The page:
Vincent Boussard sets his Liceu production of Un ballo in maschera in a cavernous black void framed at times in white, lending the production a dark, sinister atmosphere. A forestage set outside this frame with an omnipresent Fauteuil-type armchair, perhaps alluding to the empty throne of a murdered king, the stage “interior” absolutely minimalist with the back projection of a visage (Gustav III of Sweden, whose assassination inspired the opera) contemplating the unfolding drama.

With this backdrop, Guido Levi’s lighting works hard to reveal and illuminate the characters, especially as most of the time they themselves are dressed in dark greys or black. Christian Lacroix dresses the cast and chorus in a mix of contemporary fashion and 18th-century chic (the sequinned frock coat of Riccardo distinguishing him as the Count) until the ball, when period party attire becomes de riguer. It is the only moment where the stage lightens enough to see the splendidly costumed unmasked guests, with a contrastingly masked Tom, Samuel and Renato. The last keeps his Tarantino-style hitman suit, providing a theatrical contrast for Riccardo’s tragic end.

It is an anodyne staging that has been pared back to the minimum and lacks the props and scenery that other more opulent productions are famous for. There are at times puzzling moments. Riccardo sits with his back to the audience during the prelude, while the male chorus sings of his imminent arrival. There is the occasional trickle of blood red tears down the background visage along with a radio-controlled model Ferrari in Act 3, circling around the assembled characters. However, this visual simplicity sometimes succeeds by suggestion. The image of a ghoulish female cadaver hanging high over centre-stage as a macabre chandelier, while Amelia searches for the magic herbs on gallows hill, is surprising.

In Ballo, Verdi uses musical metaphor to mirror the Dionysian theme of comedy and tragedy in musical counterpose. Renato Palumbo directed the musical narrative with rigorous energy and could be seen clearly cueing the ensemble and singers to maintain rhythmic flow. This resulted in a precise interpretation of the work, though the orchestral volume was an issue in most parts of the performance.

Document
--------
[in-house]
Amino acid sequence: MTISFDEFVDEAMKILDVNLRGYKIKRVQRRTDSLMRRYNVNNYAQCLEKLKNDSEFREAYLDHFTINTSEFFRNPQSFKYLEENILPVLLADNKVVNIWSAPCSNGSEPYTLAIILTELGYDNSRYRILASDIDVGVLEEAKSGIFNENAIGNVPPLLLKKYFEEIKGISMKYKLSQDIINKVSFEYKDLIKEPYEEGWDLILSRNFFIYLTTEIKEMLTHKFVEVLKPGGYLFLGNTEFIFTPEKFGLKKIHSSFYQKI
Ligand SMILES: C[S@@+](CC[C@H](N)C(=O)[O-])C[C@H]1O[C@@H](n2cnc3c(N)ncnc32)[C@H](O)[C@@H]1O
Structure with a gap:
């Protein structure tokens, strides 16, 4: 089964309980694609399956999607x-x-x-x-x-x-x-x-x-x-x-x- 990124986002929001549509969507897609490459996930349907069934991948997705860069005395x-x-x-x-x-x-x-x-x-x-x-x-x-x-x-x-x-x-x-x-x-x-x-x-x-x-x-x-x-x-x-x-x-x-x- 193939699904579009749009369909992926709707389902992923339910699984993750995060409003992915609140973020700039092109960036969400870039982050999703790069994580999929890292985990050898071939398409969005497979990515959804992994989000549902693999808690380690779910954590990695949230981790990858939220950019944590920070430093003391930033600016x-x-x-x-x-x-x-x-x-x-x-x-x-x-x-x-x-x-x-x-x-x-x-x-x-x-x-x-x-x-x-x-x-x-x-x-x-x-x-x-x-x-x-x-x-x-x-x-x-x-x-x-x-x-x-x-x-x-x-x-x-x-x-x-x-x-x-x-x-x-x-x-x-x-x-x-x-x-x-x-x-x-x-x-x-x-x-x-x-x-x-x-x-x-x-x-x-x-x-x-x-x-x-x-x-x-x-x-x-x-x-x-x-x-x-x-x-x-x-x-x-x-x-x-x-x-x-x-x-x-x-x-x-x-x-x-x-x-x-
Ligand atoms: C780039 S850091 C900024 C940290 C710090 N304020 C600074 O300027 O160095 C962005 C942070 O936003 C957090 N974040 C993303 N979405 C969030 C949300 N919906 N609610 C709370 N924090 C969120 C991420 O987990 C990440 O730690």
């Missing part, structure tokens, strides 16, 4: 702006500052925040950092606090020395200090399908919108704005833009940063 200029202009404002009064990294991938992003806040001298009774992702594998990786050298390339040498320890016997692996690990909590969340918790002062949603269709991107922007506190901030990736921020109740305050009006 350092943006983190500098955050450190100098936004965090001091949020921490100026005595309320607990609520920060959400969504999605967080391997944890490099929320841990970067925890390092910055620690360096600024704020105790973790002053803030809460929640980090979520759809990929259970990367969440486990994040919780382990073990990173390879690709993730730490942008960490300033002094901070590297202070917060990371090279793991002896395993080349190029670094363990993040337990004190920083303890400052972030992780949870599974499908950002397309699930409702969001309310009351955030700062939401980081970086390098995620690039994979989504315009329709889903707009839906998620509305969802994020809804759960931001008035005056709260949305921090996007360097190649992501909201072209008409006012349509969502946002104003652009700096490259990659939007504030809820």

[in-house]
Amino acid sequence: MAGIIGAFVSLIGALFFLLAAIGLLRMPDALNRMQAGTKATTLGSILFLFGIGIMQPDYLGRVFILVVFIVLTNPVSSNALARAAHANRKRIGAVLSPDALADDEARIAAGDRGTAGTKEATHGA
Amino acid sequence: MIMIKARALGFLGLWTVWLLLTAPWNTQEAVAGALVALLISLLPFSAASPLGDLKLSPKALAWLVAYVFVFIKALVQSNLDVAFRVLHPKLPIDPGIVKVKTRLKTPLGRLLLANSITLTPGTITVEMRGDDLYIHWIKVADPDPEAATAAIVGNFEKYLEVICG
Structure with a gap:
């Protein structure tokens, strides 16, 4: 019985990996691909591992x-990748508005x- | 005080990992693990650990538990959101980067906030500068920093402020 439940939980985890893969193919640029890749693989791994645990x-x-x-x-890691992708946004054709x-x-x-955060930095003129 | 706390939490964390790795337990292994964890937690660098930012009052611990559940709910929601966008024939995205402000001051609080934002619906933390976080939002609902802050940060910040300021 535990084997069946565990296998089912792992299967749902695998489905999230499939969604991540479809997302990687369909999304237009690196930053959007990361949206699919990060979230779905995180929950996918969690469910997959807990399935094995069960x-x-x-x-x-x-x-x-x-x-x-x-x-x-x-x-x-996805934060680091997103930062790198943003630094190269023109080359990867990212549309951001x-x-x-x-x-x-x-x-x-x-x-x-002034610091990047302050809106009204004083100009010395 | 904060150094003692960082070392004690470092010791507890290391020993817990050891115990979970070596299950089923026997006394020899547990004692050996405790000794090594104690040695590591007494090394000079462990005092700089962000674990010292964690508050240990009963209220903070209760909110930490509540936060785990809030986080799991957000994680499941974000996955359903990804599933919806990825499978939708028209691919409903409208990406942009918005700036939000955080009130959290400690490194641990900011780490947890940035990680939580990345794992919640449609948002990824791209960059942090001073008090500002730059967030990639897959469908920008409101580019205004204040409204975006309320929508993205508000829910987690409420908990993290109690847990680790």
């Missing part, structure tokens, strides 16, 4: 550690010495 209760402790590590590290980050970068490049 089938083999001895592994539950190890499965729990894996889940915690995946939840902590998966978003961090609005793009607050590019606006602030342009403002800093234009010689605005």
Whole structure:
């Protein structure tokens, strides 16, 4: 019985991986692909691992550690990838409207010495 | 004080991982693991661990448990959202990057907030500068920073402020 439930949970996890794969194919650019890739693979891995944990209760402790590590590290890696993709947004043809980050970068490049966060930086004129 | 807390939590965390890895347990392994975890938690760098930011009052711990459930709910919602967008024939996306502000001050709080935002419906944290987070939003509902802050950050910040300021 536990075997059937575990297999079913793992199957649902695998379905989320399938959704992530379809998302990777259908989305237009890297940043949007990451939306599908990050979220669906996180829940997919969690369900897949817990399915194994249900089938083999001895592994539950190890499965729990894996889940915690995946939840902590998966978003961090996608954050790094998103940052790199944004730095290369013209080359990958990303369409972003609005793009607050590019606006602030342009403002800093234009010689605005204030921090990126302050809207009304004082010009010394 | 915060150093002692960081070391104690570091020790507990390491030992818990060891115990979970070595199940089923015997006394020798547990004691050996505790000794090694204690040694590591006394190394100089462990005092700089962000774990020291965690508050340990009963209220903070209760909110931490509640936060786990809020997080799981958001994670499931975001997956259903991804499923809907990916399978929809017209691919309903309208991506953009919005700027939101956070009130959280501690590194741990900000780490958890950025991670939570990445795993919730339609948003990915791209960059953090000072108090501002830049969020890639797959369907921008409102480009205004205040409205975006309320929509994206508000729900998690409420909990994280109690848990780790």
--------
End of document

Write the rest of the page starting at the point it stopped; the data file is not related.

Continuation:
The two male protagonists, Piotr Beczała as Riccardo and Carlos Álvarez as Renato, were the outstanding performances for the evening. Beczała produced a noble and romantic characterization of the tragic count. Highlights included his duet with Amelia at the beginning of Act 2, whose famous high “C” finish was carried through with aplomb and his aria “Ma se m'è forza perderti” in Act 3 was well sung with good expression.

Álvarez sang a convincing Renato, the deceived husband full of anger and vengeance. For his aria “Eri tu che macchiavi quell'anima”, in condemnation of Riccardo, he produced his customary rich Verdian baritone with a vocal presence that matched the vigorous orchestra, receiving the longest ovation of the evening. Keri Alkema made her Liceu debut in the role of Amelia, offering a competent performance. Mezzo Dolora Zajick performed Ulrica with great stage presence, but showed difficulties in projection, particularly in the middle of her range when some lines were lost in the orchestral rumble.

Elena Sancho Pereg performed a lively Cherubino-esque Oscar, with the characteristic vocal agility of the role. She sang her signature aria “Volta la terrea” with well executed coloratura. Roman Ialcic and Antonio Di Matteo as bass conspirators Samuel and Tom complemented each other, and the stalking cello and bass lines, with fine performances throughout.